I’m looking for a gaming computer. I truly believe that. I’d like to develop it as well, because the pricing makes more sense that way. A great gaming PC, for example, has aided me in eventually starting to stream on Twitch, especially now that I have the Logitech C920 (one of the best webcams).
Also, based on what I’ve heard from my other gamers, a PC is one of the greatest ways to gaming. I’m not attempting to make Cyberpunk 2077 run as smoothly as possible (though it would have been better with an RTX 3080 card than with an Xbox One X). My desire to purchase a gaming PC isn’t motivated by a desire to play the latest hits. It’s an older game that I’m unable to play on my PS4 or PS5.
But, as much as I want to play that game and start streaming, there are a slew of reasons why I won’t be building a gaming PC.
Before I go any further, I’d like to express my admiration for individuals who construct their own gaming computers. I wrote this for players who, like myself, are hesitant to participate in the process.
It all started with a game I’d wanted to play for years but hadn’t been able to: Persona 4 Golden. P4G is the prequel of Persona 5 and Persona 5 Royal, two incredible games that I spent hundreds of hours working on over the last four years.
However, for the majority of its existence, P4G was restricted to the niche PS Vita. Then, this summer, Persona 4 Golden was released on Steam, and I was ecstatic. Until, that is, P4G performed so terribly on my regular system that I assumed I’d have to build a gaming PC to get it to work properly.
However, when I considered the amount of effort required to build a gaming PC, I had serious reservations.
Building your own computer is a choice of chaos.
I’ve always been hesitant to build a computer because of how easy it is to make a mistake. I’m knowledgeable enough to know how to ground myself electrically so I don’t break something, but I’m not a tinker.
Building a fierce PC needs far more than I am capable of providing. The whole process of working with a system’s BIOS (basic input/output system, aka the operating system for your components) and other components appears to be somewhat daunting.
Take the case of the Tom’s Guide test PC, for example. Our senior editor Marshall Honorof — who is really one of the smartest people I know — tried to make it all work for more than a month in what I’d term the debugging process.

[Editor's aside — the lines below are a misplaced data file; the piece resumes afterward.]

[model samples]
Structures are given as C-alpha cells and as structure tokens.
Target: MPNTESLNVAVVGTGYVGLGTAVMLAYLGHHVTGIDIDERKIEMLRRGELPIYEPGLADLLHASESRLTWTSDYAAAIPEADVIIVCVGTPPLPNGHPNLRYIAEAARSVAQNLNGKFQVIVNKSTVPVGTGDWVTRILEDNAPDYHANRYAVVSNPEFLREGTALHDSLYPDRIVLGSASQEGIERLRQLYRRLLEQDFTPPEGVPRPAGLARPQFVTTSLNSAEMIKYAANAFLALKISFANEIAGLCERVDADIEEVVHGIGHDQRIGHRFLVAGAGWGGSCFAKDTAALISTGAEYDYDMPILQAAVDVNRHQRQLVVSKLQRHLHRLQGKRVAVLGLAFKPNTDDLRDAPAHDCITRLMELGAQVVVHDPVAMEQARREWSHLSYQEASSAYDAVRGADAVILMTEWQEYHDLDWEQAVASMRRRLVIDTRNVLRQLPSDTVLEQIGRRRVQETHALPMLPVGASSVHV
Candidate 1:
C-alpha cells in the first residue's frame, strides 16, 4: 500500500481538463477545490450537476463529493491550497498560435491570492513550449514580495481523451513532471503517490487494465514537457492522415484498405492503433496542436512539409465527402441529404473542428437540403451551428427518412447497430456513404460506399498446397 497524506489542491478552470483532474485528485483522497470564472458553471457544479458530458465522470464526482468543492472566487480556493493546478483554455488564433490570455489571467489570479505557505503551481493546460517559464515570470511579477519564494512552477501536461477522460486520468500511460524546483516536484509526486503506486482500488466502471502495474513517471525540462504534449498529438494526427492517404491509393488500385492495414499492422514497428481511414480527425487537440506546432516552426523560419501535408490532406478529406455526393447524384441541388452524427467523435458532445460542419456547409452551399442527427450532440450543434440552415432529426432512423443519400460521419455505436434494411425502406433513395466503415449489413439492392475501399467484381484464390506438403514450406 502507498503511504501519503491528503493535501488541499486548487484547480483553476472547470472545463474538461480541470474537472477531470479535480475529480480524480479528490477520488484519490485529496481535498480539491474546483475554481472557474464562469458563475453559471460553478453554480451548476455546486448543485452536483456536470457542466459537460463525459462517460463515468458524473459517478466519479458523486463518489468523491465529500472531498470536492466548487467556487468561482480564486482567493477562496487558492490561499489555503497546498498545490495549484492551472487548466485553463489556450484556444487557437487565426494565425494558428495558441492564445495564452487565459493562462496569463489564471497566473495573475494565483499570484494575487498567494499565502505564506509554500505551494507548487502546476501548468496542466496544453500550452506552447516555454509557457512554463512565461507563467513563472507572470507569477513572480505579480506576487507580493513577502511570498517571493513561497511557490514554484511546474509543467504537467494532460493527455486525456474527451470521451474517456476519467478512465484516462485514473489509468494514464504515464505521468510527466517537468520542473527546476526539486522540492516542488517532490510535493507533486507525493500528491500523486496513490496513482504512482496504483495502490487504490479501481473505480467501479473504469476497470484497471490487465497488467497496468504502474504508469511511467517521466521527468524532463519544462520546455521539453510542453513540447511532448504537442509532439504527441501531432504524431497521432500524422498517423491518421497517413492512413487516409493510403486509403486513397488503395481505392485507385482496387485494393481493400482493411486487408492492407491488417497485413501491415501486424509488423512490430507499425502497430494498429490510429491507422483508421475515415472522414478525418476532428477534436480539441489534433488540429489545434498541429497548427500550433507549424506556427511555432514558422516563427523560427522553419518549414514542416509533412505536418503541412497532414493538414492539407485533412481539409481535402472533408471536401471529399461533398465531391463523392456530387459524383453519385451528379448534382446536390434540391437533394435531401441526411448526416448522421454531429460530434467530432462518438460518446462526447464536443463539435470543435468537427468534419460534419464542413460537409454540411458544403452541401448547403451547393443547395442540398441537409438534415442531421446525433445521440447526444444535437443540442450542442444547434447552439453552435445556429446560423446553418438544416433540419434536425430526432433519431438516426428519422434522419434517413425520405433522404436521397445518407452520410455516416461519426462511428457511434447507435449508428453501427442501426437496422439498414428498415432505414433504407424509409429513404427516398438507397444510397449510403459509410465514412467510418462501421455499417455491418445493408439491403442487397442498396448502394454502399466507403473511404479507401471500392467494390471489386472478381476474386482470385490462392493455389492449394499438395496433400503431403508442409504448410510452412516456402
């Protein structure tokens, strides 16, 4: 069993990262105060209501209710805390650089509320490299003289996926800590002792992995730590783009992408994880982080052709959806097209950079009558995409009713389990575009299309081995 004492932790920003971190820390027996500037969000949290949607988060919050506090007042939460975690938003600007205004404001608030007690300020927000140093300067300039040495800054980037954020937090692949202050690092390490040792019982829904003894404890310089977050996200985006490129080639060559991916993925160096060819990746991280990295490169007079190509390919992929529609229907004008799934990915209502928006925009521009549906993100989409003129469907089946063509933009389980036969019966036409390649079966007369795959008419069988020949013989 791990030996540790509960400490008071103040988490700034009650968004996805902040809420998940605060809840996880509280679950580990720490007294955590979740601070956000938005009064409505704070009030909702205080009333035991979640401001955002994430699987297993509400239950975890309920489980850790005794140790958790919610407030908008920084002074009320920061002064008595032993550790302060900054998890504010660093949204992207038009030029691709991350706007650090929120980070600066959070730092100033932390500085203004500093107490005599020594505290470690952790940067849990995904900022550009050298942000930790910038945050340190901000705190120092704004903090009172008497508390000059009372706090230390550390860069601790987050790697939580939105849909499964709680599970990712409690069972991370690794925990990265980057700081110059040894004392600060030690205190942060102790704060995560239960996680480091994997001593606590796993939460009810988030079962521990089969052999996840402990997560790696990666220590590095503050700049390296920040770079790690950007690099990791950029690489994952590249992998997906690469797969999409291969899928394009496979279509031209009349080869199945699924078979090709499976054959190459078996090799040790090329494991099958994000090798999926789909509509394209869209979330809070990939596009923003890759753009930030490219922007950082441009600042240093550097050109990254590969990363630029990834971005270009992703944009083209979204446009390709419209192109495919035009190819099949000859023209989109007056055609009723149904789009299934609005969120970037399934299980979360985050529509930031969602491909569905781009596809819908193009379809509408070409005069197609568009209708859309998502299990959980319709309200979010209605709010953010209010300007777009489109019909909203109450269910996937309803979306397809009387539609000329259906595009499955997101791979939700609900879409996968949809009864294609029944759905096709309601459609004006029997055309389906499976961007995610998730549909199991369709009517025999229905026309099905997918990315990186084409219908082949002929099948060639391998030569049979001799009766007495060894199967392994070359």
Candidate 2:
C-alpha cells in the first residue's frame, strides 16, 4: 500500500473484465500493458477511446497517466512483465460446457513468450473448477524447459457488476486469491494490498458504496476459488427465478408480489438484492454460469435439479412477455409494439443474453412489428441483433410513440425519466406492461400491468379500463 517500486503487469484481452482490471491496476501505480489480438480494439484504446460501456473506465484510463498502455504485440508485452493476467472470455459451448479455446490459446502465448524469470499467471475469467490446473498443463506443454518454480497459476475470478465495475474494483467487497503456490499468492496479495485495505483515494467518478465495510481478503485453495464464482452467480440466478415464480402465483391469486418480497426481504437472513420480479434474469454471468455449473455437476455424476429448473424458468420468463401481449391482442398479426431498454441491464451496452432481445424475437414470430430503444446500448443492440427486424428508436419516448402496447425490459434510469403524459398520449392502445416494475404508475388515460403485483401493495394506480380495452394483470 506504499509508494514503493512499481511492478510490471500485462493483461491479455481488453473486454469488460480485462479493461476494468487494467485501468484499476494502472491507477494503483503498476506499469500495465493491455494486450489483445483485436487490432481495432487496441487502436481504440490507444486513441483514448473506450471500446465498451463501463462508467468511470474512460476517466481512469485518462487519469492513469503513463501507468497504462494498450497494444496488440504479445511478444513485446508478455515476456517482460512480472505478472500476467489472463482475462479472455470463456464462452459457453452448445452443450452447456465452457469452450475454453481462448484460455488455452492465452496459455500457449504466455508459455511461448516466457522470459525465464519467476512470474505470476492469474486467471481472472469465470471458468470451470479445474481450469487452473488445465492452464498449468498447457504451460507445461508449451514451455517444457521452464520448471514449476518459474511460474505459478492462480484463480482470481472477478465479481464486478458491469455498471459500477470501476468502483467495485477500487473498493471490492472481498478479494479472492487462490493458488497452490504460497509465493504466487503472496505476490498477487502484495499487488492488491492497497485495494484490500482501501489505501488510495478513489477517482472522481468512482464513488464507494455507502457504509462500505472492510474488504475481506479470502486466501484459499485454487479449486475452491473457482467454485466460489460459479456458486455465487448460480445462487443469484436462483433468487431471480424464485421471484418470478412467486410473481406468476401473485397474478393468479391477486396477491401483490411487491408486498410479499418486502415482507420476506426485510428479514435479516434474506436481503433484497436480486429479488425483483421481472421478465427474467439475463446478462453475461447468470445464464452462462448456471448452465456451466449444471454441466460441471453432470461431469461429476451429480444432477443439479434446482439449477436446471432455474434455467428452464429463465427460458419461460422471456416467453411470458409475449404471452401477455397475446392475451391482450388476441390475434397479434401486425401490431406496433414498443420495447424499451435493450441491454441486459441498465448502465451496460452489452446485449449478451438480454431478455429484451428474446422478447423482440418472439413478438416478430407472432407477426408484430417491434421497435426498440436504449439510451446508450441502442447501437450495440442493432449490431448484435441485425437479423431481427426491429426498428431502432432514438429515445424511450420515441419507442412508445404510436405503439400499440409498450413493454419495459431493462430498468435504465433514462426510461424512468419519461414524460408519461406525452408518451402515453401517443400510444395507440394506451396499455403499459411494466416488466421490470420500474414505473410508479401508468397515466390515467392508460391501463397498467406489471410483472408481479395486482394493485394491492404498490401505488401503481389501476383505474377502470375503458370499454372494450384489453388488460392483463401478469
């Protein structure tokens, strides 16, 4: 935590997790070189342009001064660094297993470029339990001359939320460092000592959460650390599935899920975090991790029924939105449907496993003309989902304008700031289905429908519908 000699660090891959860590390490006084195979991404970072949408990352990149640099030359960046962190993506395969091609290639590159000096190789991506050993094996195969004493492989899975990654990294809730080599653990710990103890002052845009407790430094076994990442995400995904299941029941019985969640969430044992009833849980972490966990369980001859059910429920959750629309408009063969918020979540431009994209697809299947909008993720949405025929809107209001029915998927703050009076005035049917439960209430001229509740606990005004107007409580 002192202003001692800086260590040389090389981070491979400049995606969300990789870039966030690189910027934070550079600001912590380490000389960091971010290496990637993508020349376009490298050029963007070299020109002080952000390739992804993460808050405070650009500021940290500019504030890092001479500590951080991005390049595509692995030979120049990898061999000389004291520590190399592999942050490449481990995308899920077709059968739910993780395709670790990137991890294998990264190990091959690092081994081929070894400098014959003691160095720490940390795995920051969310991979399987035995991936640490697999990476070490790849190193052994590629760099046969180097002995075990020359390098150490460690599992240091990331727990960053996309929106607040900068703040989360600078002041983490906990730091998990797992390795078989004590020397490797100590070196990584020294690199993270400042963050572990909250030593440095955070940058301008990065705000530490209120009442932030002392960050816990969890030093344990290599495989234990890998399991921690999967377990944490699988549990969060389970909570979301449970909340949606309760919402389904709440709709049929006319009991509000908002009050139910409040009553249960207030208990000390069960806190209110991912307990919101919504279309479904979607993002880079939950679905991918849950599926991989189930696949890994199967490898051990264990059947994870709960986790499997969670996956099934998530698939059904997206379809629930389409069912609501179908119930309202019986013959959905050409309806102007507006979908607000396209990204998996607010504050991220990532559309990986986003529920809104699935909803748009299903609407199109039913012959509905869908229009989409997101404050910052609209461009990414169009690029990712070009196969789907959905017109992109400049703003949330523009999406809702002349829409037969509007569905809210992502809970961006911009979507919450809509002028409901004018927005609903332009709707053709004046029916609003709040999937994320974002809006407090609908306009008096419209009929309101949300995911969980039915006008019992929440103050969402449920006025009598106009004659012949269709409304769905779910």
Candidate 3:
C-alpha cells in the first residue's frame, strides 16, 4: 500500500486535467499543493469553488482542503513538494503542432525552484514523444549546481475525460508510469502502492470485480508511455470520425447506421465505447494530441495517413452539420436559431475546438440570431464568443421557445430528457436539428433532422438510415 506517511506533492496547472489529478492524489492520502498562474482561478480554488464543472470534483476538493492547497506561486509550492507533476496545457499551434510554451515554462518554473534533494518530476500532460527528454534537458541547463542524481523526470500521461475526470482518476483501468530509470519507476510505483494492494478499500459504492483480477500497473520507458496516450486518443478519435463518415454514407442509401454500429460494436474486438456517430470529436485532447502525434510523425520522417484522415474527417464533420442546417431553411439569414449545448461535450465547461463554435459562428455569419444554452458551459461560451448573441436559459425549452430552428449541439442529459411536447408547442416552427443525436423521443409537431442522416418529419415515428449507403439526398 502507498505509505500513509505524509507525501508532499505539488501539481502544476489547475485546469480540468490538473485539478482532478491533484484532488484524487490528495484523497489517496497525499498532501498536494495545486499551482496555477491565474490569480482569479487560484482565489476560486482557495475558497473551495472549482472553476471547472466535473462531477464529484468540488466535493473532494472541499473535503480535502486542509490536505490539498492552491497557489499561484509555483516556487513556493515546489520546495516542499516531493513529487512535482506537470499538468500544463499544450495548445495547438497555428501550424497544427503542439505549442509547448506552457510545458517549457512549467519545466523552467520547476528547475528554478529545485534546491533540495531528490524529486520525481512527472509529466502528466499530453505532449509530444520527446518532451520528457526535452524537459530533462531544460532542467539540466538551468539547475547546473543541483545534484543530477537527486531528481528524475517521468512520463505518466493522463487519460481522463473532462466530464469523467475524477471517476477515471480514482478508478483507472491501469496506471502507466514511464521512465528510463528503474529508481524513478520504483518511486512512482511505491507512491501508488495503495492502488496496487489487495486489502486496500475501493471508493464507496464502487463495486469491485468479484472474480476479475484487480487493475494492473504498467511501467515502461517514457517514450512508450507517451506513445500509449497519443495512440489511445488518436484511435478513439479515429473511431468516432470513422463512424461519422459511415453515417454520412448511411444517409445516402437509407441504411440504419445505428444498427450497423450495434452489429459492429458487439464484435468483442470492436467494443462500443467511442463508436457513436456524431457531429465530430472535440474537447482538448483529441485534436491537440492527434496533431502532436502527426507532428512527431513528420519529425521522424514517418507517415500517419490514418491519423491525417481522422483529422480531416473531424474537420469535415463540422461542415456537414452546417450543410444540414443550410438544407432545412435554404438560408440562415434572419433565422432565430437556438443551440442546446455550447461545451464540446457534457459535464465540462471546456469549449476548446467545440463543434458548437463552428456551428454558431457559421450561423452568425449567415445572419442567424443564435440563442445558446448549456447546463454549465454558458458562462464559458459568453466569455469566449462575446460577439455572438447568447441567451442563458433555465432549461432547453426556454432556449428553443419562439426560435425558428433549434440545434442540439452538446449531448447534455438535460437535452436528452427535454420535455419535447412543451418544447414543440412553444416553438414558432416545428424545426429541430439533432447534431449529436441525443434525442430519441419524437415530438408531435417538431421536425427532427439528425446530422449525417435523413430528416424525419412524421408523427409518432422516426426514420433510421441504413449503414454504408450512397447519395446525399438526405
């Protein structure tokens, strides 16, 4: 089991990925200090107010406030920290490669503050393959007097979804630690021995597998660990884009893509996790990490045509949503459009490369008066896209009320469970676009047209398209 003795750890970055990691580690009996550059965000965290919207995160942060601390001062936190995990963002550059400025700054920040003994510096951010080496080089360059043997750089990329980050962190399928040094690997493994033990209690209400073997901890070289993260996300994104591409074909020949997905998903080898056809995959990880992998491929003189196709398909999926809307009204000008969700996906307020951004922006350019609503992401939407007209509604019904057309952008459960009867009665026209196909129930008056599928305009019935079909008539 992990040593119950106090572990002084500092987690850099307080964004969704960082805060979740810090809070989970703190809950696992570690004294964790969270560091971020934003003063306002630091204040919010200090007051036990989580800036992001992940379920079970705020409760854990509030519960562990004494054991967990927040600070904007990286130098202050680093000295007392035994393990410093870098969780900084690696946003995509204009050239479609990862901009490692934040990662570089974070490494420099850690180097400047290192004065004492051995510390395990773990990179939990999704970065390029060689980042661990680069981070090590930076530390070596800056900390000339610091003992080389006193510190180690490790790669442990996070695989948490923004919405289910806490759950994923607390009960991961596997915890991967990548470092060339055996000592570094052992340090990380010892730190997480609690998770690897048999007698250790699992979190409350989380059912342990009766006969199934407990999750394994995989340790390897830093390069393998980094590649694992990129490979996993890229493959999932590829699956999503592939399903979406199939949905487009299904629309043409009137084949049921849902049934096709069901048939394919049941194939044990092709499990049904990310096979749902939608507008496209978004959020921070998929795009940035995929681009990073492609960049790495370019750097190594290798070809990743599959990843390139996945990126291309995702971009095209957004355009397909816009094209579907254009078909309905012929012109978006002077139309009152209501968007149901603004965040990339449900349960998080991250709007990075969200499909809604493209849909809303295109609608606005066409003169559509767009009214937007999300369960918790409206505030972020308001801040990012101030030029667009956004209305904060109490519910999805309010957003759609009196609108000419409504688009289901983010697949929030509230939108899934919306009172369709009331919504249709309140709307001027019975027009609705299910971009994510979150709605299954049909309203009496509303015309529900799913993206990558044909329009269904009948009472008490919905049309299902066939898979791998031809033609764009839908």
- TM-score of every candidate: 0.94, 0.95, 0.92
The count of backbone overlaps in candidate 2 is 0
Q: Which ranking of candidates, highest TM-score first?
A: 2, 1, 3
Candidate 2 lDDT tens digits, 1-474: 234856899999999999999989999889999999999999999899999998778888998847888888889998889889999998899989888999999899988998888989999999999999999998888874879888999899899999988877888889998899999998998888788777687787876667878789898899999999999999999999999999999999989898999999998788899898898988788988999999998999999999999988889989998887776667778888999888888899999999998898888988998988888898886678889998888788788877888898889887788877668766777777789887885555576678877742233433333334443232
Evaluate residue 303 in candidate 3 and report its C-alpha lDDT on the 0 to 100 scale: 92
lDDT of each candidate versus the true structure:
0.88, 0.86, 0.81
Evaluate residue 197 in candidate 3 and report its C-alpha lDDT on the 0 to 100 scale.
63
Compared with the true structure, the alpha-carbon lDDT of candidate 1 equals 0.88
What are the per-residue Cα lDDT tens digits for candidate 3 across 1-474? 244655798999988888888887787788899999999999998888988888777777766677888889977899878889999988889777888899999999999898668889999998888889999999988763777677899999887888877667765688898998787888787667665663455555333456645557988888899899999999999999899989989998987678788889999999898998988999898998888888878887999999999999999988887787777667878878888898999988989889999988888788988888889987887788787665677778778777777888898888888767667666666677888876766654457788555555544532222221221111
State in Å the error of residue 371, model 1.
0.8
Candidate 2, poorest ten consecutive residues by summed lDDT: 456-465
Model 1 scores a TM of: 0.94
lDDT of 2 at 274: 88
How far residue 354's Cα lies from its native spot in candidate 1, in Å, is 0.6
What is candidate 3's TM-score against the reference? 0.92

The TG PC would shut down soon after booting up for whatever reason, then start up again. (For example, when I wake up and fall back asleep when I should simply get out of bed.) That’s clearly not how you want your computer to function. I would retweet Marshall’s demands for help when he put them online, and I would watch as my friends tried to help.
Marshall finally figured it out one day. The answer is so perplexing that I was impressed by Marshall’s accomplishment — and added another reason to my list of reasons why I’d never try to construct my own computer. Overclocking — the practise of pushing a computer’s performance beyond its default settings — caused a problem on the test PC.
He spotted three active overclocking profiles while mousing through the BIOS on the Tom’s Guide PC. I’m not sure why a system would have that many activated at the same time, and I’m not sure whether I would have recognised the problem. Then I’d have spent even more time troubleshooting.
What was the point of having three profiles? One overclocking profile (visualised as a Game Boost button) for the CPU and one for each stick of RAM had been added to the system. That defies logic, and it’s the kind of response I’d never have expected in a million years.
Marshall’s narrative is, of course, a long-term winner. He fixed an issue, learned something in the process, and now has a powerful desktop gaming PC. As much as I respect his accomplishment, I find myself wondering where I would have found the time in the last month and a half.
It’s nearly tough to find the correct pieces.
If you think it’s difficult to locate a PS5 replenishment or a new Xbox Series X, consider how difficult it is for PC gamers to buy the latest and best GPU (graphics processing unit).
The popularity of our article on where to buy Nvidia GeForce RTX 3080 demonstrates that even a premium price cannot address a supply-demand imbalance. Even a $699 graphics card can be out of stock at any time.
But things go even worse. Taking a look at Amazon’s devoted GeForce GTX 3080 page